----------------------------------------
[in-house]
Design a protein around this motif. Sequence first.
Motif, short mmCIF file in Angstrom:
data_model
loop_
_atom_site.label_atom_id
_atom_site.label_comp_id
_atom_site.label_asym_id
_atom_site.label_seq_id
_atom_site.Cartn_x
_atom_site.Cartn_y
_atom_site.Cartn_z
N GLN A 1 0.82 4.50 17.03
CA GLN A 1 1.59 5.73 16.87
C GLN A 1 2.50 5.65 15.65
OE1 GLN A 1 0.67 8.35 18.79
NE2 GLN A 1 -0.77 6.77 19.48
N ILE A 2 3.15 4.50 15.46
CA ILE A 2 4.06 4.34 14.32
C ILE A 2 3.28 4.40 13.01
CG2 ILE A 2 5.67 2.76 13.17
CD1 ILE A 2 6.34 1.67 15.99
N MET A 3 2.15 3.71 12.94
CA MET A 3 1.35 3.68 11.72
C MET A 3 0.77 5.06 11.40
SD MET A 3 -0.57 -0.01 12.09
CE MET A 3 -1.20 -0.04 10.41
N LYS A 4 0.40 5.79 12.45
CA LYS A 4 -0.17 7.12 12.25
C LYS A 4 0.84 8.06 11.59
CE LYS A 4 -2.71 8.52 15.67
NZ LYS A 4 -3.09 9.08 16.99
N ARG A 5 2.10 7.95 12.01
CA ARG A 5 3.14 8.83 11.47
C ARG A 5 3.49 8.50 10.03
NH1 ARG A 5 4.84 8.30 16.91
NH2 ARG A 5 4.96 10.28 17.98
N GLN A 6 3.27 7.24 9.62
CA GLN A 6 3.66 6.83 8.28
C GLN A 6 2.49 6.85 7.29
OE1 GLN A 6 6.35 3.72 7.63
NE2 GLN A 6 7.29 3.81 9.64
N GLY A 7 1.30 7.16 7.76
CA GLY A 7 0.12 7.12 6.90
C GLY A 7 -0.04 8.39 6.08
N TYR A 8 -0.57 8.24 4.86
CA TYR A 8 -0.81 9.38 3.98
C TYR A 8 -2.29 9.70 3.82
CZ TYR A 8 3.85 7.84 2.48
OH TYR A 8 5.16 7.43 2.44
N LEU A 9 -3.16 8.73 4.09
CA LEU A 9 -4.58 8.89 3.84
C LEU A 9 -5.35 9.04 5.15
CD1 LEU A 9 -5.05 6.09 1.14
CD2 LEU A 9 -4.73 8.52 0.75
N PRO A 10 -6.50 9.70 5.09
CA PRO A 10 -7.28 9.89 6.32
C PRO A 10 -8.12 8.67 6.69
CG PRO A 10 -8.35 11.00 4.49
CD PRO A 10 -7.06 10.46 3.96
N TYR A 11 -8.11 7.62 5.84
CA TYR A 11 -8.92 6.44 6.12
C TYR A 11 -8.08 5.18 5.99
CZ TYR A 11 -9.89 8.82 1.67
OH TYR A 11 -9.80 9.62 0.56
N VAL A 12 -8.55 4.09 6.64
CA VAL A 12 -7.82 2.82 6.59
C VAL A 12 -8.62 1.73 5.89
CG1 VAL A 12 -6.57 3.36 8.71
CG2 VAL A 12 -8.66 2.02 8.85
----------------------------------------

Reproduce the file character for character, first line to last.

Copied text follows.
[in-house]
Design a protein around this motif. Sequence first.
Motif, short mmCIF file in Angstrom:
data_model
loop_
_atom_site.label_atom_id
_atom_site.label_comp_id
_atom_site.label_asym_id
_atom_site.label_seq_id
_atom_site.Cartn_x
_atom_site.Cartn_y
_atom_site.Cartn_z
N GLN A 1 0.82 4.50 17.03
CA GLN A 1 1.59 5.73 16.87
C GLN A 1 2.50 5.65 15.65
OE1 GLN A 1 0.67 8.35 18.79
NE2 GLN A 1 -0.77 6.77 19.48
N ILE A 2 3.15 4.50 15.46
CA ILE A 2 4.06 4.34 14.32
C ILE A 2 3.28 4.40 13.01
CG2 ILE A 2 5.67 2.76 13.17
CD1 ILE A 2 6.34 1.67 15.99
N MET A 3 2.15 3.71 12.94
CA MET A 3 1.35 3.68 11.72
C MET A 3 0.77 5.06 11.40
SD MET A 3 -0.57 -0.01 12.09
CE MET A 3 -1.20 -0.04 10.41
N LYS A 4 0.40 5.79 12.45
CA LYS A 4 -0.17 7.12 12.25
C LYS A 4 0.84 8.06 11.59
CE LYS A 4 -2.71 8.52 15.67
NZ LYS A 4 -3.09 9.08 16.99
N ARG A 5 2.10 7.95 12.01
CA ARG A 5 3.14 8.83 11.47
C ARG A 5 3.49 8.50 10.03
NH1 ARG A 5 4.84 8.30 16.91
NH2 ARG A 5 4.96 10.28 17.98
N GLN A 6 3.27 7.24 9.62
CA GLN A 6 3.66 6.83 8.28
C GLN A 6 2.49 6.85 7.29
OE1 GLN A 6 6.35 3.72 7.63
NE2 GLN A 6 7.29 3.81 9.64
N GLY A 7 1.30 7.16 7.76
CA GLY A 7 0.12 7.12 6.90
C GLY A 7 -0.04 8.39 6.08
N TYR A 8 -0.57 8.24 4.86
CA TYR A 8 -0.81 9.38 3.98
C TYR A 8 -2.29 9.70 3.82
CZ TYR A 8 3.85 7.84 2.48
OH TYR A 8 5.16 7.43 2.44
N LEU A 9 -3.16 8.73 4.09
CA LEU A 9 -4.58 8.89 3.84
C LEU A 9 -5.35 9.04 5.15
CD1 LEU A 9 -5.05 6.09 1.14
CD2 LEU A 9 -4.73 8.52 0.75
N PRO A 10 -6.50 9.70 5.09
CA PRO A 10 -7.28 9.89 6.32
C PRO A 10 -8.12 8.67 6.69
CG PRO A 10 -8.35 11.00 4.49
CD PRO A 10 -7.06 10.46 3.96
N TYR A 11 -8.11 7.62 5.84
CA TYR A 11 -8.92 6.44 6.12
C TYR A 11 -8.08 5.18 5.99
CZ TYR A 11 -9.89 8.82 1.67
OH TYR A 11 -9.80 9.62 0.56
N VAL A 12 -8.55 4.09 6.64
CA VAL A 12 -7.82 2.82 6.59
C VAL A 12 -8.62 1.73 5.89
CG1 VAL A 12 -6.57 3.36 8.71
CG2 VAL A 12 -8.66 2.02 8.85